BEING THERE: King Krule @ Union Transfer



Seeing Brit indie-weirdo sensation King Krule at Union Transfer last night, I was reminded of the wise words of the late great Bo Diddley: You can’t judge a book by lookin’ at the cover. Frail and shrimpy, the baby-faced 23 year-old Londoner looks like Ron Weasley in desperate need of a sandwich or seven. But when he opens his mouth, it’s another matter altogether. His scratchy deepwater baritone, thick Brit accent and fierce stage moves tends to stops traffic and silence skeptics — something he has been doing since the tender age of 16. His new album, The Ooz, sounds like early-stage Madness meets late period Beat Happening. (Look it up.)

At quarter past nine, Krule and his four bandmates walked onstage to a deafening roar from the crowd. Krule — real name Archy Marshall — doesn’t tour very often, and last night Union Transfer was filled to the brim with indie-rock rubberneckers. Krule’s scraggly figure loomed at the edge of the stage as he and his band dove into hit after hit off of The Ooz, and his first full length album, Six Feet Beneath The Moon. As if to answer the unasked question of whether not he can pull it off live, Krule and co. made “Dum Surfer,” the lead-off single from The Ooz, sounded thrice as good live as it does on record. Other highlights included the drum-machine-backed “Logos” and the guitar-only “New Drugs” and a dreamy, elegant version of “Baby Blue.” The night concluded with the fan-favorite “Easy Easy,” followed by an encore of “Out Getting Ribs,” a tune that dates back to the dawning of Marshall’s career when he performed under the alias Zoo Kid. Given that Marshall wrote it when he was just 16 years old, which happens to be the last time he played at Union Transfer, he could not have ended the night on a more fitting note.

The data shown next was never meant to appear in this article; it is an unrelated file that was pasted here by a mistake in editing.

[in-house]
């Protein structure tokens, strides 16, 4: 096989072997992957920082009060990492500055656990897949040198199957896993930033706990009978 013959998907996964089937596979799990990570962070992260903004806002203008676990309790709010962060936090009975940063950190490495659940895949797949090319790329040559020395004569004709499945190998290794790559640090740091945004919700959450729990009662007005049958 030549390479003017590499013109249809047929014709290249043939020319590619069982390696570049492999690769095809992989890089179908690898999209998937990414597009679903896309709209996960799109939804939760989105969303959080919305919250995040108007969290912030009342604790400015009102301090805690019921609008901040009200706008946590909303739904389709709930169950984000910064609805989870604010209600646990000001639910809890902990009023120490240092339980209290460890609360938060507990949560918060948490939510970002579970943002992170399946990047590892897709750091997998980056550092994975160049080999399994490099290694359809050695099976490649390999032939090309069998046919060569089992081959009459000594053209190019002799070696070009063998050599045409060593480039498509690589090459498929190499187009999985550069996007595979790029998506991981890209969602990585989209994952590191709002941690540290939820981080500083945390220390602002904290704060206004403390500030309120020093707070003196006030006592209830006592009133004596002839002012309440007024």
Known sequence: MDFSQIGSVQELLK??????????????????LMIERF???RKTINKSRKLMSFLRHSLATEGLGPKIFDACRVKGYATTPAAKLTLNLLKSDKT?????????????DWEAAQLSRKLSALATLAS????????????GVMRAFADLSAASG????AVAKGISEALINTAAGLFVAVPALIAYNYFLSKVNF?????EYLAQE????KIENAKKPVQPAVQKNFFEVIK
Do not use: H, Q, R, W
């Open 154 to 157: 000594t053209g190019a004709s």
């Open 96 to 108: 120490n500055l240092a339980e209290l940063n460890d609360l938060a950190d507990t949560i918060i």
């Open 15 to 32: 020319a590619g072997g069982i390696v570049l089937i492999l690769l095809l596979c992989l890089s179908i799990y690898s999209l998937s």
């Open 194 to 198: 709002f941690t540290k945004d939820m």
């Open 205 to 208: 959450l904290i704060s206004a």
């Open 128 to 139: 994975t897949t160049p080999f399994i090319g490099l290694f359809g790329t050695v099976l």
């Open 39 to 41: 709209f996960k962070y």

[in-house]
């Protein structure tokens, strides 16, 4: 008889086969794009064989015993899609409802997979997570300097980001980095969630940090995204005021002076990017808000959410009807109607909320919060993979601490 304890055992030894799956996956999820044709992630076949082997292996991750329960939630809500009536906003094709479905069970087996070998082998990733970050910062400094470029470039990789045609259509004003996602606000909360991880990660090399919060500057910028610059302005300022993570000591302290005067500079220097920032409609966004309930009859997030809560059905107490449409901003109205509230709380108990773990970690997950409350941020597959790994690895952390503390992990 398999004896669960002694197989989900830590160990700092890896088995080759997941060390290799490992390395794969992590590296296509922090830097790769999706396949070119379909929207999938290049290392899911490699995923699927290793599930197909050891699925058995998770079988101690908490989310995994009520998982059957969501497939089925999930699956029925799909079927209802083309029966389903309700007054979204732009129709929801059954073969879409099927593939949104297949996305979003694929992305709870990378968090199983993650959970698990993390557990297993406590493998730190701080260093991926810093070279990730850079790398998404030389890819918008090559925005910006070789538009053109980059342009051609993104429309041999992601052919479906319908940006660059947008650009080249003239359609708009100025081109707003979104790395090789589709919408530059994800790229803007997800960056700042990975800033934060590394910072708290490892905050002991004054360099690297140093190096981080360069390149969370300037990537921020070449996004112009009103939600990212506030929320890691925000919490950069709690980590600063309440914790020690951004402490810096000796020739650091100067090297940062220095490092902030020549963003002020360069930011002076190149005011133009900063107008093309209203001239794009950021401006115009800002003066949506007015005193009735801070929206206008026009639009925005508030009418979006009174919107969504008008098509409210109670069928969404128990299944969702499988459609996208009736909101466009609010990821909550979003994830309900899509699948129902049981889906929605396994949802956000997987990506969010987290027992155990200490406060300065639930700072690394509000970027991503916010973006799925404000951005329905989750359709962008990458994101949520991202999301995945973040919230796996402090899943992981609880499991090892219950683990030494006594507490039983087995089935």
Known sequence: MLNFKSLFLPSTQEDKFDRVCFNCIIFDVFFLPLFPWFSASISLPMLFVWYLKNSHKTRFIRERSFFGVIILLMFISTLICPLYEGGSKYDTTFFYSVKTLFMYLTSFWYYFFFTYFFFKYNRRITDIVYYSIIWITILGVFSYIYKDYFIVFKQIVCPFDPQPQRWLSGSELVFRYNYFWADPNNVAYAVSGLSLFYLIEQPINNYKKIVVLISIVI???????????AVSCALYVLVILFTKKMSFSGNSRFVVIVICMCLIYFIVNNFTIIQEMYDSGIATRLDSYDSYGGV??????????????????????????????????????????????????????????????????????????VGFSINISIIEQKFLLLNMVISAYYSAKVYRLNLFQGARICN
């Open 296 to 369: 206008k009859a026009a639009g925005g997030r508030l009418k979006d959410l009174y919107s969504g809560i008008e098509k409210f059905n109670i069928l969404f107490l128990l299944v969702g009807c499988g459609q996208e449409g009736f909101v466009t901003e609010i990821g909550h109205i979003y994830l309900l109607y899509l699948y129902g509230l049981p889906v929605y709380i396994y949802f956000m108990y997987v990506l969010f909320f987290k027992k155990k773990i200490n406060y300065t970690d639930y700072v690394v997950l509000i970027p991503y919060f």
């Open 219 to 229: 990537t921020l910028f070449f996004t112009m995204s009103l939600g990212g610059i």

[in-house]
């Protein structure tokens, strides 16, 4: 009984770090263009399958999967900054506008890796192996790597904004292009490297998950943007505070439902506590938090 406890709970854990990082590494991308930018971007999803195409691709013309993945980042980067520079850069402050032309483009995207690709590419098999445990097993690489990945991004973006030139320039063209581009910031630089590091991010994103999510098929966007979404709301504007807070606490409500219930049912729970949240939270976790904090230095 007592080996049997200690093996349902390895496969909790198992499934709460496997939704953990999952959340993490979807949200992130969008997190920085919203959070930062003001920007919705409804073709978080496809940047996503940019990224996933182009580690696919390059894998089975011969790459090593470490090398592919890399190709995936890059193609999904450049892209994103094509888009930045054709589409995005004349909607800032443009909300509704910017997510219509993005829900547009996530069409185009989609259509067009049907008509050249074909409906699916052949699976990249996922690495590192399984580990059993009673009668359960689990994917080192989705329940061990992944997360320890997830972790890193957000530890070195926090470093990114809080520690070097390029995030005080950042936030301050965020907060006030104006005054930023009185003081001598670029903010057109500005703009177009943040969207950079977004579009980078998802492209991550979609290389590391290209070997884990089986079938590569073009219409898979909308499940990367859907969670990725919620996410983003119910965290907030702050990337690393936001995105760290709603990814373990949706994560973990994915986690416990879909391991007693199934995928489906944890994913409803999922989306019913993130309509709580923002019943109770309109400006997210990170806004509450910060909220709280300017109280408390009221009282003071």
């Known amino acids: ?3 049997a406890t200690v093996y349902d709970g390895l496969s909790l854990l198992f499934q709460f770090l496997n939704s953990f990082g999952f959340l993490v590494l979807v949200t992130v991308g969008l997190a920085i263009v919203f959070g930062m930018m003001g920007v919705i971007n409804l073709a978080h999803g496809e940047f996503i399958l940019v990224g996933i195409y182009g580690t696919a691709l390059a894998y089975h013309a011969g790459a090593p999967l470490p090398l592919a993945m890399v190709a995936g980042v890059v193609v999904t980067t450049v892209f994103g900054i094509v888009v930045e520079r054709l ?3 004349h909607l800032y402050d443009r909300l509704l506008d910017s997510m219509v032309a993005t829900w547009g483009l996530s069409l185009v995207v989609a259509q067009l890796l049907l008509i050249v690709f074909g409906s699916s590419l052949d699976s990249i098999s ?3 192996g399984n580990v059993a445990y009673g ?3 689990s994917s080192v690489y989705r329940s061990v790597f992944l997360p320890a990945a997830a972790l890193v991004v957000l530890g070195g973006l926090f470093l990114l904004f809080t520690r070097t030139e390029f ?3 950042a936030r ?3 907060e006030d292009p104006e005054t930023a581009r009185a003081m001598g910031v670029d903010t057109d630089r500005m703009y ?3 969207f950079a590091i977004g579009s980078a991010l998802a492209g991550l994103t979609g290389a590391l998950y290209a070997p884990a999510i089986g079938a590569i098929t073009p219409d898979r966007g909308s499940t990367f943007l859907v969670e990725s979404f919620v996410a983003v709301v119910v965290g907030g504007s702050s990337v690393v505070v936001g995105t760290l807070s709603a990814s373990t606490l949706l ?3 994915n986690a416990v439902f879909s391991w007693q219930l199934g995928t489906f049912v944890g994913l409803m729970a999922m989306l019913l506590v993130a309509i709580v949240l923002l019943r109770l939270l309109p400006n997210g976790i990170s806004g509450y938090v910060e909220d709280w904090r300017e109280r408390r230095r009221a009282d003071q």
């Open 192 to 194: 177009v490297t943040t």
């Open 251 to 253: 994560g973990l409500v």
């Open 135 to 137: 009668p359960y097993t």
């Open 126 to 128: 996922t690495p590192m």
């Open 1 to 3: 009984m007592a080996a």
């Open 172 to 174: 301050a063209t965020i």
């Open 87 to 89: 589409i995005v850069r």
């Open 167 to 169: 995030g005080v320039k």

Opening up the evening was New York hardcore band Show Me The Body. Their sound was a culmination of the best parts of various different groups. Hints of the hectic style of Death Grips were prevalent throughout, in addition to some Converge-esque math rock, and a semi-high pitched voice similar in style to Alex Edkins of Metz. Show Me The Body were undoubtedly a raucous selection for an opening slot, especially for the cool cat King Krule, however they kicked major ass and did their job by warming the crowd up while refraining from stealing the show. — DYLAN LONG